Looks Can Be Deceiving

Looks Can Be Deceiving

The other day I was cleaning and told Alexa (our Amazon Echo) to play songs by Sabrina Carpenter. A couple minutes later the volume went up. Ani’s been staying in the room that will be my parents’ when they move here so she can be near the rest of us but still stay in bed most of the time and not have to go up and down the stairs while she is still unsteady. Clearly, she approved of my choice in cleaning music. A few months ago Ani and I went to see Sabrina in concert. It was amazing. She is an amazing singer and performer.

And I learned something I never expected to learn at a 17-year-old’s show.

When we got there, just ahead of us in line was a man, probably in his early 20s. He had long dreadlocks, was generally scruffy, and wasn’t dressed nearly as nice as everyone else in line. He definitely didn’t look like someone you’d expect to see at a Disney star’s concert. Not who you’d expect to enjoy upbeat pop music.

And it was obvious the security people agreed with my split-second assessment. As everyone eyed him, judging him and whether he belonged there, the security spent two or three full minutes thoroughly wanding him. Everyone else got a cursory pass front and back and a quick peak in bags and purses and were sent on our way. Nothing alarmed when they wanded the guy so he was sent on into the venue.

Looks Can Be Deceiving

We found seats and I discovered I was right next to the scruffy guy. I wondered what in the world he was doing at a Sabrina Carpenter concert. Surely he wasn’t a fan. Her fans don’t “look” like him, do they?

And then the concert started.

I think that man may have been the biggest Sabrina fan in the room. He sang along every word and danced to every song. He openly cried several times. I talked to him a little bit. He hadn’t heard she was coming to San Antonio until it was too late (the tickets sold out in just a few minutes), but then the venue released a few tickets that had been held for season pass holders in the middle of the night before the concert. He stayed up half the night in order to snag one of those tickets. He was so happy to be there and it showed. He’s had some tough times and Sabrina’s music has helped him get through it.

I couldn’t help but wonder if the judgment from all of us in line and the security people contributed to his “tough times.”

Thursday Jamie and I went to Chipotle to get lunch while Ani was sleeping in her hospital room. We ate outside since it was a nice day. A man came up to us and apologized profusely for bothering us, but wondered if we had any change we could spare so he could get something to eat. He didn’t look like a typical homeless person. He was dressed relatively okay. Immediately I wondered if he was scamming us.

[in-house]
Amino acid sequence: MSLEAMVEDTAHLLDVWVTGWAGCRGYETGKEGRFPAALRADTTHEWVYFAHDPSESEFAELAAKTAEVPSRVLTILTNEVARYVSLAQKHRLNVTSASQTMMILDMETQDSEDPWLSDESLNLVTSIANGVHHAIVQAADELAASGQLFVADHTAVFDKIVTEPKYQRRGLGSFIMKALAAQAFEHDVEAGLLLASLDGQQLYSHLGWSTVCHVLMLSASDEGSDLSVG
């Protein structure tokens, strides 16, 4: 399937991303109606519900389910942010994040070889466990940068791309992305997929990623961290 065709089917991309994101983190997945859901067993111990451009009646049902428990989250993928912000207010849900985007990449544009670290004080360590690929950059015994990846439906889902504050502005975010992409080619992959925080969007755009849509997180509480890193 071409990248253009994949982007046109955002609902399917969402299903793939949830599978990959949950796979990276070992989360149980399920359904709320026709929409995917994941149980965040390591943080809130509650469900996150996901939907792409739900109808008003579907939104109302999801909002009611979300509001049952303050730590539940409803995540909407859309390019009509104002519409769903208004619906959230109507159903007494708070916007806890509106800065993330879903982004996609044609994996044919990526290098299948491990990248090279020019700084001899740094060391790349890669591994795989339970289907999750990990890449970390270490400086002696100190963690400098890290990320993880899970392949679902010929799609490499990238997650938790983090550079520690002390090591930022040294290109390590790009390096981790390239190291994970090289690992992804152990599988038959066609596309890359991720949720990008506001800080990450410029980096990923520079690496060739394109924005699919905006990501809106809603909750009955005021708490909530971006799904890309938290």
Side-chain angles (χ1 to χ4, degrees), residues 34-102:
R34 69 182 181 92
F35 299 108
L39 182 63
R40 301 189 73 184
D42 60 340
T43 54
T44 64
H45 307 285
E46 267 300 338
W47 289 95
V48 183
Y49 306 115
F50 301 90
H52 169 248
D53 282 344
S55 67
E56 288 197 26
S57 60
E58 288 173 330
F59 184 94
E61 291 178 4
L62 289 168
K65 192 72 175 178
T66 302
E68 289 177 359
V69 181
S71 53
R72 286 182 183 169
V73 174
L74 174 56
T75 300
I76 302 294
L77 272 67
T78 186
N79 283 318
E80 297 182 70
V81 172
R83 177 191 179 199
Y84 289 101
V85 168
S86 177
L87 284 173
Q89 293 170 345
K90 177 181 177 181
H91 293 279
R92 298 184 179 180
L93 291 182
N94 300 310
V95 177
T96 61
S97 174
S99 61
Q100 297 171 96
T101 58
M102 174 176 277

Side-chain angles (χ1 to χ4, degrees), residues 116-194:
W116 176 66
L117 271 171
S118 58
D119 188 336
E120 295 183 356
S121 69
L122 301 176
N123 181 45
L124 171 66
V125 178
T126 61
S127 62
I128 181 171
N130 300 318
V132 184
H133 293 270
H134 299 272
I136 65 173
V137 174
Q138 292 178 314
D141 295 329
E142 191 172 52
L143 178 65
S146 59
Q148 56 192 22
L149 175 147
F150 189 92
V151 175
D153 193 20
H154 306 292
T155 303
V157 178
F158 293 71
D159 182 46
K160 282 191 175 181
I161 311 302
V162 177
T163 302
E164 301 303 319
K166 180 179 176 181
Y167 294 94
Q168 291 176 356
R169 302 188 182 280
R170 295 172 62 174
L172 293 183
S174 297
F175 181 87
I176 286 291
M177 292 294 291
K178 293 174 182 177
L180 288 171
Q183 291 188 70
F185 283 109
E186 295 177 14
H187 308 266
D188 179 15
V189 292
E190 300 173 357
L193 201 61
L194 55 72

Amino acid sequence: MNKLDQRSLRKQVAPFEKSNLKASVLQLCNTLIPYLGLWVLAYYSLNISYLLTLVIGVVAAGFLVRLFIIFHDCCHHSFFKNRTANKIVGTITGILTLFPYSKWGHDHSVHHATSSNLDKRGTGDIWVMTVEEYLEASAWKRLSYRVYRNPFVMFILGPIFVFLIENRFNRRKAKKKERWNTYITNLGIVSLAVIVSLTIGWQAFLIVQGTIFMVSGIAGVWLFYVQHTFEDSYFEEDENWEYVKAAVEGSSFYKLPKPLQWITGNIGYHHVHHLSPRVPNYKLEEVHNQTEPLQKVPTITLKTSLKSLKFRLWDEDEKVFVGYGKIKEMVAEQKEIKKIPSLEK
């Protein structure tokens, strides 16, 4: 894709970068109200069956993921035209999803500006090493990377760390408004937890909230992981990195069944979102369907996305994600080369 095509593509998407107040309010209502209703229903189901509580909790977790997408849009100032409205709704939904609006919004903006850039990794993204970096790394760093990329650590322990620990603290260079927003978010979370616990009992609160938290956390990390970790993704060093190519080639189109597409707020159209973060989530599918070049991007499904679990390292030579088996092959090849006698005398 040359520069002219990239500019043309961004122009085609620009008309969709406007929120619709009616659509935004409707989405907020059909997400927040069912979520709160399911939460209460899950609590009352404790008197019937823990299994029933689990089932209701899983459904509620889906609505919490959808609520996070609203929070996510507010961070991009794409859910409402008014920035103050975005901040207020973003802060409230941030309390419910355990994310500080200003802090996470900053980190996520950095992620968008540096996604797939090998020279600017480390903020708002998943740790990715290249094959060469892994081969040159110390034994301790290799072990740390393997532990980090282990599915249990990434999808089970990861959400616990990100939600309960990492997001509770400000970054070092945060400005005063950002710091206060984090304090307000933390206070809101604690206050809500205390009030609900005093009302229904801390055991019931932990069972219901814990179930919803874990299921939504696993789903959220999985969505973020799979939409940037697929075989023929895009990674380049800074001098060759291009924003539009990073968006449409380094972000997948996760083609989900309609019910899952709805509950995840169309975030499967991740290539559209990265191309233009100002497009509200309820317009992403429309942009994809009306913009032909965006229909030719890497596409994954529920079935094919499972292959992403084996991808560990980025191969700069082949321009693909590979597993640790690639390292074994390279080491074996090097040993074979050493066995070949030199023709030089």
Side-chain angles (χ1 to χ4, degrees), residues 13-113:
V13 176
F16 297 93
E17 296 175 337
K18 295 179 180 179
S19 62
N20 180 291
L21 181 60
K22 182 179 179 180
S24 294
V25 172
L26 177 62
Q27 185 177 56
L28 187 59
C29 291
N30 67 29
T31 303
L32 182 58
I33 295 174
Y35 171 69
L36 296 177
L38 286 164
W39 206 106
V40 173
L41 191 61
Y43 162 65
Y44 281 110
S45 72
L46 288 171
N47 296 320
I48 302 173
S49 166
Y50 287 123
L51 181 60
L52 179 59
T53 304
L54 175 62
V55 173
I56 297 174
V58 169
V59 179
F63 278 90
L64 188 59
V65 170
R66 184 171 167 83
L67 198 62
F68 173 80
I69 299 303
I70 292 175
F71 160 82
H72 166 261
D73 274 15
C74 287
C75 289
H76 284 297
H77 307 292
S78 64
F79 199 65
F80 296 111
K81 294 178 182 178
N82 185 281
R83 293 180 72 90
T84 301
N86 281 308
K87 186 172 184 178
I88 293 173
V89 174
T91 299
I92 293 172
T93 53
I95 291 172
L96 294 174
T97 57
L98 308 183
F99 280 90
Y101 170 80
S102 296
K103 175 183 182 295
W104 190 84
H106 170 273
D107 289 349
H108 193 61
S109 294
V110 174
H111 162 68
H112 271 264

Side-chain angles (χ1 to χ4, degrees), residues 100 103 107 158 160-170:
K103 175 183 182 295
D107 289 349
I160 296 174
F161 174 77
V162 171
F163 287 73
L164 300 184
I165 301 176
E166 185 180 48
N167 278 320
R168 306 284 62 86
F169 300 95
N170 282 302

But then I remembered that young man at the concert. Just because this man didn’t look like what I think of as a homeless or hungry person, it doesn’t mean he isn’t. I gave him a couple dollars. I can spare it and if he is hungry at least I didn’t turn him away and if he was lying, well, that’s on him.

Yesterday we had family home evening (we do it Sunday because Monday night half the family isn’t home). We did some things for the little boys’ Cub Scouts electives. We talked about hidden disabilities. Their own sister has one. She’s sick, but she can push herself and put on make-up so she looks okay to everyone else. Their older brother has one, too. As long as he doesn’t have to read something out loud, you’d never know just meeting Cameron that he has dyslexia.

You never know just looking at someone what is going on underneath. We all are constantly judging people and that’s okay. That judgment could save our lives. But when we are clearly in a safe place and we still judge that this person doesn’t belong at a 17-year-old performer’s concert or that person doesn’t look homeless and is just scamming asking for money for food or this other person looks healthy and so couldn’t possibly be spending 3/4 of her life in bed, then it’s a problem. That’s when we lose compassion. And now more than ever in this world what we really need is compassion.

I’m really thankful I got to get the whole story of that guy at the Sabrina Carpenter concert. I’m glad it didn’t just end with seeing him head into the venue wondering what in the world he was even doing there. I’m grateful for what he taught me.

Advertisements

Leave a Reply

Fill in your details below or click an icon to log in:

WordPress.com Logo

You are commenting using your WordPress.com account. Log Out / Change )

Twitter picture

You are commenting using your Twitter account. Log Out / Change )

Facebook photo

You are commenting using your Facebook account. Log Out / Change )

Google+ photo

You are commenting using your Google+ account. Log Out / Change )

Connecting to %s